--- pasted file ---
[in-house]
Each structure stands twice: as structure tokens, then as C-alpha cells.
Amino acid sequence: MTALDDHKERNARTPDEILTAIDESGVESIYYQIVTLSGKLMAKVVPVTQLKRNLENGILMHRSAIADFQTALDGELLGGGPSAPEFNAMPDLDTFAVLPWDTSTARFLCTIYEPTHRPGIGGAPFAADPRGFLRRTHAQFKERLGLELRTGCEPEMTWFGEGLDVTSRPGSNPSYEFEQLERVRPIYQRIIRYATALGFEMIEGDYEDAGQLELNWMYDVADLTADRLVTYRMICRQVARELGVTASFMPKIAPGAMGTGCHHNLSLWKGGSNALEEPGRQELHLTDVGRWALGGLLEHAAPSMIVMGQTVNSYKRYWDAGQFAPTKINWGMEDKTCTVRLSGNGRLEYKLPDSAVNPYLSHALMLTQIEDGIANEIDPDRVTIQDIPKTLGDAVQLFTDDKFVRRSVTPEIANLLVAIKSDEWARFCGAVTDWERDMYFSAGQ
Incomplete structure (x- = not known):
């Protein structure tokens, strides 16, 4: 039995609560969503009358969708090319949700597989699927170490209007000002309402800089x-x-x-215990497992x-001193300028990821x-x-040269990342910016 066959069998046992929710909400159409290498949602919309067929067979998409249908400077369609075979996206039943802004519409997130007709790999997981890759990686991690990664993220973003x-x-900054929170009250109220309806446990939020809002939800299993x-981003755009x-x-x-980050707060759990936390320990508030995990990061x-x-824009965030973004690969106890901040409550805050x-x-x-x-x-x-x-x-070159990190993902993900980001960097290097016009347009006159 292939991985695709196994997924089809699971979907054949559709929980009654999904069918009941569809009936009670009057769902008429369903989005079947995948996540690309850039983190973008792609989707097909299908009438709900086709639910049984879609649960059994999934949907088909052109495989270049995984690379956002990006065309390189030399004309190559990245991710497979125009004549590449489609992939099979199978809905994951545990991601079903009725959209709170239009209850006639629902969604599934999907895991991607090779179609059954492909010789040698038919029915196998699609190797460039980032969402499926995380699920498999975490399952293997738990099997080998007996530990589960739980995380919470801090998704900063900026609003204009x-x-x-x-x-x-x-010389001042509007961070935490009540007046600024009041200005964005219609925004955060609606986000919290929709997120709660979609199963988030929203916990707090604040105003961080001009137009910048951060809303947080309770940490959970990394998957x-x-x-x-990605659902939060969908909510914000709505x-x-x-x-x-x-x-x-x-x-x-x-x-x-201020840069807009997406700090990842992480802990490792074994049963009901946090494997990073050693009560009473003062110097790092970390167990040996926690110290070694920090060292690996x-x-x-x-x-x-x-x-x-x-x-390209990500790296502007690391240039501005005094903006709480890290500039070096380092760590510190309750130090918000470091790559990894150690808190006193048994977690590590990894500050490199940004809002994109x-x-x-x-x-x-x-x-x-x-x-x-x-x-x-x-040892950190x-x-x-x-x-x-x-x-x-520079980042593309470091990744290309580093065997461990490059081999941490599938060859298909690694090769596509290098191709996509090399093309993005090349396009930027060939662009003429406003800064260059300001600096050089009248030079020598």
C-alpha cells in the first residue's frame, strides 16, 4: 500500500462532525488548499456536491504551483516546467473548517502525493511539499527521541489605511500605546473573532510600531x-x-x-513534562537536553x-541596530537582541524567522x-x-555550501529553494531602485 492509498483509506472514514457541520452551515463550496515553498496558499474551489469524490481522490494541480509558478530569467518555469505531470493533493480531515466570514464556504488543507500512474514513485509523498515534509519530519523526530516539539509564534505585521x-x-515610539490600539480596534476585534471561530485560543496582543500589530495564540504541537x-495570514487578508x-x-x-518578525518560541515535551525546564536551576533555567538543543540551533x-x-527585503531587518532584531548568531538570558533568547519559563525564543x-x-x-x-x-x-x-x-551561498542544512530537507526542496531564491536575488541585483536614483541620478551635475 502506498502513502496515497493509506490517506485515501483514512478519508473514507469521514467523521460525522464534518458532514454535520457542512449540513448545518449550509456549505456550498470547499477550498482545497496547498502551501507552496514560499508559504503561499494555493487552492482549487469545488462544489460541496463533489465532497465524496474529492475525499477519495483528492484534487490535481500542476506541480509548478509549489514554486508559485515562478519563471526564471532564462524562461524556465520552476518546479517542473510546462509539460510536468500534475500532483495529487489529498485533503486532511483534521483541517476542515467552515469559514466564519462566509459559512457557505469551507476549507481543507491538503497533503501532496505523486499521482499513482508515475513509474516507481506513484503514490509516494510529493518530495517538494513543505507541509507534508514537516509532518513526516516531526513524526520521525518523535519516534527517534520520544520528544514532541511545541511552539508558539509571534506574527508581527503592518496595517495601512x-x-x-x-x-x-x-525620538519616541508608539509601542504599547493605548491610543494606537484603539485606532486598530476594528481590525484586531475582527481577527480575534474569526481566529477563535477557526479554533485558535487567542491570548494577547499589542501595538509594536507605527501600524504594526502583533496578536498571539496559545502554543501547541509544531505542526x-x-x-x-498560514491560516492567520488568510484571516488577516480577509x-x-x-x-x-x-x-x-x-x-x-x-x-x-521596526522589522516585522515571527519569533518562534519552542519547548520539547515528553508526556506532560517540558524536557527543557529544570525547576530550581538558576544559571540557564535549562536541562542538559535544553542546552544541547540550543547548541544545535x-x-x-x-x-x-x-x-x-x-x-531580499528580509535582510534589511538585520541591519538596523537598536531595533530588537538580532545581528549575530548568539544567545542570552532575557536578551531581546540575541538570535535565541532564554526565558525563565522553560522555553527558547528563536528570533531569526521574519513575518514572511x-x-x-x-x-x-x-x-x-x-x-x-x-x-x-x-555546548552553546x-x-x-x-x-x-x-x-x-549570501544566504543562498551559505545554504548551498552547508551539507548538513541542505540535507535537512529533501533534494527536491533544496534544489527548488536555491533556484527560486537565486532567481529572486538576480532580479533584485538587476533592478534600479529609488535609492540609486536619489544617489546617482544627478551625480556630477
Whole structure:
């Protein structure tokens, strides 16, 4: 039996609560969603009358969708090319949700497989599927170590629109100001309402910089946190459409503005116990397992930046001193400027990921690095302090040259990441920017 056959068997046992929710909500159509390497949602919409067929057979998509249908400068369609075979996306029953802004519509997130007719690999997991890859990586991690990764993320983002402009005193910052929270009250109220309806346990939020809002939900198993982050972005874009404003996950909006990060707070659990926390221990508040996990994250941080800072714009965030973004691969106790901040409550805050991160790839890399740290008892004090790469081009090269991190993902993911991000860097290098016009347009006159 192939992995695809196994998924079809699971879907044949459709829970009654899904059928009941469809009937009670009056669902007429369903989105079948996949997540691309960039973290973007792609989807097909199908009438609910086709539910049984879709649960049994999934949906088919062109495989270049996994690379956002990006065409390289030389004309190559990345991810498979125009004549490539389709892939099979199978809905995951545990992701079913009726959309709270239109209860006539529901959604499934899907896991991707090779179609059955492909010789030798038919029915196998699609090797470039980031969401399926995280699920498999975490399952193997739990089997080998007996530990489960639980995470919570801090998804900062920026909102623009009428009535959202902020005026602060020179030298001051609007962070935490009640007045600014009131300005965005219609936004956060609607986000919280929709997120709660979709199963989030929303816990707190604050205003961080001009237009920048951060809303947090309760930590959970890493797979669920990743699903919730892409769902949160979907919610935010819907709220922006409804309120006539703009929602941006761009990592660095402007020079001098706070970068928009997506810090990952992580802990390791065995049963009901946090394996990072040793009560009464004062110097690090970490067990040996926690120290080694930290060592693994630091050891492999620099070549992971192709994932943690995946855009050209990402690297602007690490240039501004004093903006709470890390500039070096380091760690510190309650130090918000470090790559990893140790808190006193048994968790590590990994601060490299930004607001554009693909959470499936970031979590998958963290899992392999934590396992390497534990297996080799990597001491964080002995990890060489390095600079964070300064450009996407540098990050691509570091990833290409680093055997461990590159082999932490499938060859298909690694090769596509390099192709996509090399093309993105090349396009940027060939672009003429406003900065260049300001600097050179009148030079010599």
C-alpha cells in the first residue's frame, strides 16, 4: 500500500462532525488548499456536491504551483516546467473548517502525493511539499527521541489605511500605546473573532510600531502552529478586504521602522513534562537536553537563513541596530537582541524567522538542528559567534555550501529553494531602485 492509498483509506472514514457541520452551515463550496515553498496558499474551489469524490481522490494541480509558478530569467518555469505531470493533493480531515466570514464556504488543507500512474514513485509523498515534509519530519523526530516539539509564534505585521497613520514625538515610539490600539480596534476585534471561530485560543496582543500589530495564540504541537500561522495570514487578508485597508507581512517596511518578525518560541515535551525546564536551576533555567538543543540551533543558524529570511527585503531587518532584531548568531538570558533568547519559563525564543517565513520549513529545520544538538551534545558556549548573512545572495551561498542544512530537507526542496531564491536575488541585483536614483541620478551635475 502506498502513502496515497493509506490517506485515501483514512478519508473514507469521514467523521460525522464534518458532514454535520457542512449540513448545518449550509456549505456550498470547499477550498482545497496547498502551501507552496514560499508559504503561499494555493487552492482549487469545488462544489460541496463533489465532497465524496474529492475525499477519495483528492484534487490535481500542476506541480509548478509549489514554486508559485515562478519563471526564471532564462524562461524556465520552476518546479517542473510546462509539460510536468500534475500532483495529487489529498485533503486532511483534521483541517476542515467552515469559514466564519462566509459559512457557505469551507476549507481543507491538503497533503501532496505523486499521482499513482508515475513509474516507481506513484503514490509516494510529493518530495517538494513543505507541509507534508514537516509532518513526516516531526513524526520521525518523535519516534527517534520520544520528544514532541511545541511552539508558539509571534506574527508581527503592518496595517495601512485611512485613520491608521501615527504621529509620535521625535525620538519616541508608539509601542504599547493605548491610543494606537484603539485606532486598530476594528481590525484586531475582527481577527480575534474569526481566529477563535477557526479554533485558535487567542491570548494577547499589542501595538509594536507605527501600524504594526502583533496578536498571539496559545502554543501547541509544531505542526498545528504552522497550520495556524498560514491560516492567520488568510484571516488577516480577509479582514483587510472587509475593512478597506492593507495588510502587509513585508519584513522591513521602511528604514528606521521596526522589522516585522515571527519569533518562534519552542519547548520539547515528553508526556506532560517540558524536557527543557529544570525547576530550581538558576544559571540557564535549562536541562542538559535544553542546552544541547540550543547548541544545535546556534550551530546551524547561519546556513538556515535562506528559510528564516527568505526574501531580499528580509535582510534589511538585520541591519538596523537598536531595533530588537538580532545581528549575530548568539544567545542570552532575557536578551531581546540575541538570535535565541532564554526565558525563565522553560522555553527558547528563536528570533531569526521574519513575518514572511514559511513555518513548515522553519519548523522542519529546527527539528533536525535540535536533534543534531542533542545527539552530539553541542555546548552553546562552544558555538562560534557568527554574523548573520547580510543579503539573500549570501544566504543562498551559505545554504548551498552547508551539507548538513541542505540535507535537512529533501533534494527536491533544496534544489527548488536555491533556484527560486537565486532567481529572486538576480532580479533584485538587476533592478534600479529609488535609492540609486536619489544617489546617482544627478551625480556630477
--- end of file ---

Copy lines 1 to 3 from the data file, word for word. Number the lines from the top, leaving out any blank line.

[in-house]
Each structure stands twice: as structure tokens, then as C-alpha cells.
Amino acid sequence: MTALDDHKERNARTPDEILTAIDESGVESIYYQIVTLSGKLMAKVVPVTQLKRNLENGILMHRSAIADFQTALDGELLGGGPSAPEFNAMPDLDTFAVLPWDTSTARFLCTIYEPTHRPGIGGAPFAADPRGFLRRTHAQFKERLGLELRTGCEPEMTWFGEGLDVTSRPGSNPSYEFEQLERVRPIYQRIIRYATALGFEMIEGDYEDAGQLELNWMYDVADLTADRLVTYRMICRQVARELGVTASFMPKIAPGAMGTGCHHNLSLWKGGSNALEEPGRQELHLTDVGRWALGGLLEHAAPSMIVMGQTVNSYKRYWDAGQFAPTKINWGMEDKTCTVRLSGNGRLEYKLPDSAVNPYLSHALMLTQIEDGIANEIDPDRVTIQDIPKTLGDAVQLFTDDKFVRRSVTPEIANLLVAIKSDEWARFCGAVTDWERDMYFSAGQ